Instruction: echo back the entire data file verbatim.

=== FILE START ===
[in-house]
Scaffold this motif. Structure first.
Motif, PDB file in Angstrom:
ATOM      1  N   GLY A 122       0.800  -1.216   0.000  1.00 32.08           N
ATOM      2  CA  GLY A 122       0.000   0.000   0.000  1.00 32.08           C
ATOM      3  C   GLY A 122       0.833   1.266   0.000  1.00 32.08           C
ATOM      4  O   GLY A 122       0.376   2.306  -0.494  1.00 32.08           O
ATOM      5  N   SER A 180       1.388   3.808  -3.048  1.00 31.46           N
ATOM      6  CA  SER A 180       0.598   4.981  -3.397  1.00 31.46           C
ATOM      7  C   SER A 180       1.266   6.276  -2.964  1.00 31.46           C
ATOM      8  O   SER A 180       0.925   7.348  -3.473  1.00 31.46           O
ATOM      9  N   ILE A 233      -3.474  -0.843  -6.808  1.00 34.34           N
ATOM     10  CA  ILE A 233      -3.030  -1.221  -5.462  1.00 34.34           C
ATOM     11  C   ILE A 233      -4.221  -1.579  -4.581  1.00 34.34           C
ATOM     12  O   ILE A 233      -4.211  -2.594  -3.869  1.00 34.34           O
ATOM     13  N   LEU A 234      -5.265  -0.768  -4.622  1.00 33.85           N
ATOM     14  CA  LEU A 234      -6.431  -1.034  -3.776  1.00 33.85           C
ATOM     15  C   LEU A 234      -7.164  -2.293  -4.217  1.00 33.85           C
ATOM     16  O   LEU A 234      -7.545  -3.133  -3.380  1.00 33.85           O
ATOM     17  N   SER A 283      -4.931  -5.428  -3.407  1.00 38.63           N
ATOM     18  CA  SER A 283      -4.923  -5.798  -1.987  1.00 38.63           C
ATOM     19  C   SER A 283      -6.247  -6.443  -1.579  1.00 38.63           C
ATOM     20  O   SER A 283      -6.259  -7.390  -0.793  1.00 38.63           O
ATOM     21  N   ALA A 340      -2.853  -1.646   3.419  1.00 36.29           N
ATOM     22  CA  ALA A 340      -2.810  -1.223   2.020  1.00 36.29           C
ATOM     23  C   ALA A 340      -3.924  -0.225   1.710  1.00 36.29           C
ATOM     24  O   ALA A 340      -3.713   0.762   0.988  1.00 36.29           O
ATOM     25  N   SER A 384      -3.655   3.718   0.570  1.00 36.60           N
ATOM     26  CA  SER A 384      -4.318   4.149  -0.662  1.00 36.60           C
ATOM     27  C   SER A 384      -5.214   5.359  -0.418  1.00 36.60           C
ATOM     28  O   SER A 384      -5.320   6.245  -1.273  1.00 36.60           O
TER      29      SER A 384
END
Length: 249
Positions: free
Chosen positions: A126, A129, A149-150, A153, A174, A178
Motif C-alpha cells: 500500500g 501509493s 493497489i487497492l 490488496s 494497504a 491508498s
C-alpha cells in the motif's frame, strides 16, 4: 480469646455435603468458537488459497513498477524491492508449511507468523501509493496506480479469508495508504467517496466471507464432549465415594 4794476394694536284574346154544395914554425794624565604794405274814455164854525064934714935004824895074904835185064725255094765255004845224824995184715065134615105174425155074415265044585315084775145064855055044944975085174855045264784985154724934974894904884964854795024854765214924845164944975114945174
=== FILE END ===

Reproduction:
[in-house]
Scaffold this motif. Structure first.
Motif, PDB file in Angstrom:
ATOM      1  N   GLY A 122       0.800  -1.216   0.000  1.00 32.08           N
ATOM      2  CA  GLY A 122       0.000   0.000   0.000  1.00 32.08           C
ATOM      3  C   GLY A 122       0.833   1.266   0.000  1.00 32.08           C
ATOM      4  O   GLY A 122       0.376   2.306  -0.494  1.00 32.08           O
ATOM      5  N   SER A 180       1.388   3.808  -3.048  1.00 31.46           N
ATOM      6  CA  SER A 180       0.598   4.981  -3.397  1.00 31.46           C
ATOM      7  C   SER A 180       1.266   6.276  -2.964  1.00 31.46           C
ATOM      8  O   SER A 180       0.925   7.348  -3.473  1.00 31.46           O
ATOM      9  N   ILE A 233      -3.474  -0.843  -6.808  1.00 34.34           N
ATOM     10  CA  ILE A 233      -3.030  -1.221  -5.462  1.00 34.34           C
ATOM     11  C   ILE A 233      -4.221  -1.579  -4.581  1.00 34.34           C
ATOM     12  O   ILE A 233      -4.211  -2.594  -3.869  1.00 34.34           O
ATOM     13  N   LEU A 234      -5.265  -0.768  -4.622  1.00 33.85           N
ATOM     14  CA  LEU A 234      -6.431  -1.034  -3.776  1.00 33.85           C
ATOM     15  C   LEU A 234      -7.164  -2.293  -4.217  1.00 33.85           C
ATOM     16  O   LEU A 234      -7.545  -3.133  -3.380  1.00 33.85           O
ATOM     17  N   SER A 283      -4.931  -5.428  -3.407  1.00 38.63           N
ATOM     18  CA  SER A 283      -4.923  -5.798  -1.987  1.00 38.63           C
ATOM     19  C   SER A 283      -6.247  -6.443  -1.579  1.00 38.63           C
ATOM     20  O   SER A 283      -6.259  -7.390  -0.793  1.00 38.63           O
ATOM     21  N   ALA A 340      -2.853  -1.646   3.419  1.00 36.29           N
ATOM     22  CA  ALA A 340      -2.810  -1.223   2.020  1.00 36.29           C
ATOM     23  C   ALA A 340      -3.924  -0.225   1.710  1.00 36.29           C
ATOM     24  O   ALA A 340      -3.713   0.762   0.988  1.00 36.29           O
ATOM     25  N   SER A 384      -3.655   3.718   0.570  1.00 36.60           N
ATOM     26  CA  SER A 384      -4.318   4.149  -0.662  1.00 36.60           C
ATOM     27  C   SER A 384      -5.214   5.359  -0.418  1.00 36.60           C
ATOM     28  O   SER A 384      -5.320   6.245  -1.273  1.00 36.60           O
TER      29      SER A 384
END
Length: 249
Positions: free
Chosen positions: A126, A129, A149-150, A153, A174, A178
Motif C-alpha cells: 500500500g 501509493s 493497489i487497492l 490488496s 494497504a 491508498s
C-alpha cells in the motif's frame, strides 16, 4: 480469646455435603468458537488459497513498477524491492508449511507468523501509493496506480479469508495508504467517496466471507464432549465415594 4794476394694536284574346154544395914554425794624565604794405274814455164854525064934714935004824895074904835185064725255094765255004845224824995184715065134615105174425155074415265044585315084775145064855055044944975085174855045264784985154724934974894904884964854795024854765214924845164944975114945174